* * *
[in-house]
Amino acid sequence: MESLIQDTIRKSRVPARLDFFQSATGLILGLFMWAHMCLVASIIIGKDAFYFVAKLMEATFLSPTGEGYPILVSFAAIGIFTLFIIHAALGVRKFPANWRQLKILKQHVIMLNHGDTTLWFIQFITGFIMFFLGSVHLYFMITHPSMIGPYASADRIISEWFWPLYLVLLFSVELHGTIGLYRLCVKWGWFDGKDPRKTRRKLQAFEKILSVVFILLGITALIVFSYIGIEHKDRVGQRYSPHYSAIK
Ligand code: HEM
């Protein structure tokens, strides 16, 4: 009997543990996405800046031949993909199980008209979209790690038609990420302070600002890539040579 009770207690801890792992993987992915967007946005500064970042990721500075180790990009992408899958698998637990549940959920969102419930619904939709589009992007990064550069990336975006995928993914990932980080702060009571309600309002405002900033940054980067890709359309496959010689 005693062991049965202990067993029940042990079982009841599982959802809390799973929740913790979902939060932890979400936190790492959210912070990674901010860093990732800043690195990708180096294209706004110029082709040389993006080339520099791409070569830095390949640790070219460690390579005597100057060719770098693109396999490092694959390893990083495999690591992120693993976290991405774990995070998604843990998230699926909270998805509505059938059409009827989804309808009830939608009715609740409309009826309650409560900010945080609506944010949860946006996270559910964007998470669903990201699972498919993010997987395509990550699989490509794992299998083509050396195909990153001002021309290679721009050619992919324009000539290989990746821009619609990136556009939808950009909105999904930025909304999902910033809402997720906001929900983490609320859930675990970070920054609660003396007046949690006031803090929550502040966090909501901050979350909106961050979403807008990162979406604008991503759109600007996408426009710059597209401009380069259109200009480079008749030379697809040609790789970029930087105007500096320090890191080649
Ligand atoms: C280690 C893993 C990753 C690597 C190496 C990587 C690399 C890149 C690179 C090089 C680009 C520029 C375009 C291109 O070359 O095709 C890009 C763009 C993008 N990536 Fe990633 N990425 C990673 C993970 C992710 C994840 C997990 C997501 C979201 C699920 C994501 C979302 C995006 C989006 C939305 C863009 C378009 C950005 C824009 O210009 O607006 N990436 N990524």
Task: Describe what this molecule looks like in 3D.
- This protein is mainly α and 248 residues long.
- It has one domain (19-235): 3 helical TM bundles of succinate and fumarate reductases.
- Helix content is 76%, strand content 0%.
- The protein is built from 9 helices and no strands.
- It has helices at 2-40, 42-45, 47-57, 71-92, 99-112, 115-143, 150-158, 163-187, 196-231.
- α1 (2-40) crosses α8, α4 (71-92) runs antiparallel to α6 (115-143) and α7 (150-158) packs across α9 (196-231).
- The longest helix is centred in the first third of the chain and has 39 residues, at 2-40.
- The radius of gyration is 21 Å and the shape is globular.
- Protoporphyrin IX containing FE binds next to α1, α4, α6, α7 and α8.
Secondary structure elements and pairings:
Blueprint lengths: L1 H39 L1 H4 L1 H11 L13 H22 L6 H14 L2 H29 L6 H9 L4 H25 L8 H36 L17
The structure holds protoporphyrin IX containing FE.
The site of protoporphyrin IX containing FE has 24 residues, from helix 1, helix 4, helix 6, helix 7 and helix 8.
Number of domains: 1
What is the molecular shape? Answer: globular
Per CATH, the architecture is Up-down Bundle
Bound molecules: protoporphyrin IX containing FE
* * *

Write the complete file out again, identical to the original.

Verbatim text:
[in-house]
Amino acid sequence: MESLIQDTIRKSRVPARLDFFQSATGLILGLFMWAHMCLVASIIIGKDAFYFVAKLMEATFLSPTGEGYPILVSFAAIGIFTLFIIHAALGVRKFPANWRQLKILKQHVIMLNHGDTTLWFIQFITGFIMFFLGSVHLYFMITHPSMIGPYASADRIISEWFWPLYLVLLFSVELHGTIGLYRLCVKWGWFDGKDPRKTRRKLQAFEKILSVVFILLGITALIVFSYIGIEHKDRVGQRYSPHYSAIK
Ligand code: HEM
């Protein structure tokens, strides 16, 4: 009997543990996405800046031949993909199980008209979209790690038609990420302070600002890539040579 009770207690801890792992993987992915967007946005500064970042990721500075180790990009992408899958698998637990549940959920969102419930619904939709589009992007990064550069990336975006995928993914990932980080702060009571309600309002405002900033940054980067890709359309496959010689 005693062991049965202990067993029940042990079982009841599982959802809390799973929740913790979902939060932890979400936190790492959210912070990674901010860093990732800043690195990708180096294209706004110029082709040389993006080339520099791409070569830095390949640790070219460690390579005597100057060719770098693109396999490092694959390893990083495999690591992120693993976290991405774990995070998604843990998230699926909270998805509505059938059409009827989804309808009830939608009715609740409309009826309650409560900010945080609506944010949860946006996270559910964007998470669903990201699972498919993010997987395509990550699989490509794992299998083509050396195909990153001002021309290679721009050619992919324009000539290989990746821009619609990136556009939808950009909105999904930025909304999902910033809402997720906001929900983490609320859930675990970070920054609660003396007046949690006031803090929550502040966090909501901050979350909106961050979403807008990162979406604008991503759109600007996408426009710059597209401009380069259109200009480079008749030379697809040609790789970029930087105007500096320090890191080649
Ligand atoms: C280690 C893993 C990753 C690597 C190496 C990587 C690399 C890149 C690179 C090089 C680009 C520029 C375009 C291109 O070359 O095709 C890009 C763009 C993008 N990536 Fe990633 N990425 C990673 C993970 C992710 C994840 C997990 C997501 C979201 C699920 C994501 C979302 C995006 C989006 C939305 C863009 C378009 C950005 C824009 O210009 O607006 N990436 N990524």
Task: Describe what this molecule looks like in 3D.
- This protein is mainly α and 248 residues long.
- It has one domain (19-235): 3 helical TM bundles of succinate and fumarate reductases.
- Helix content is 76%, strand content 0%.
- The protein is built from 9 helices and no strands.
- It has helices at 2-40, 42-45, 47-57, 71-92, 99-112, 115-143, 150-158, 163-187, 196-231.
- α1 (2-40) crosses α8, α4 (71-92) runs antiparallel to α6 (115-143) and α7 (150-158) packs across α9 (196-231).
- The longest helix is centred in the first third of the chain and has 39 residues, at 2-40.
- The radius of gyration is 21 Å and the shape is globular.
- Protoporphyrin IX containing FE binds next to α1, α4, α6, α7 and α8.
Secondary structure elements and pairings:
Blueprint lengths: L1 H39 L1 H4 L1 H11 L13 H22 L6 H14 L2 H29 L6 H9 L4 H25 L8 H36 L17
The structure holds protoporphyrin IX containing FE.
The site of protoporphyrin IX containing FE has 24 residues, from helix 1, helix 4, helix 6, helix 7 and helix 8.
Number of domains: 1
What is the molecular shape? Answer: globular
Per CATH, the architecture is Up-down Bundle
Bound molecules: protoporphyrin IX containing FE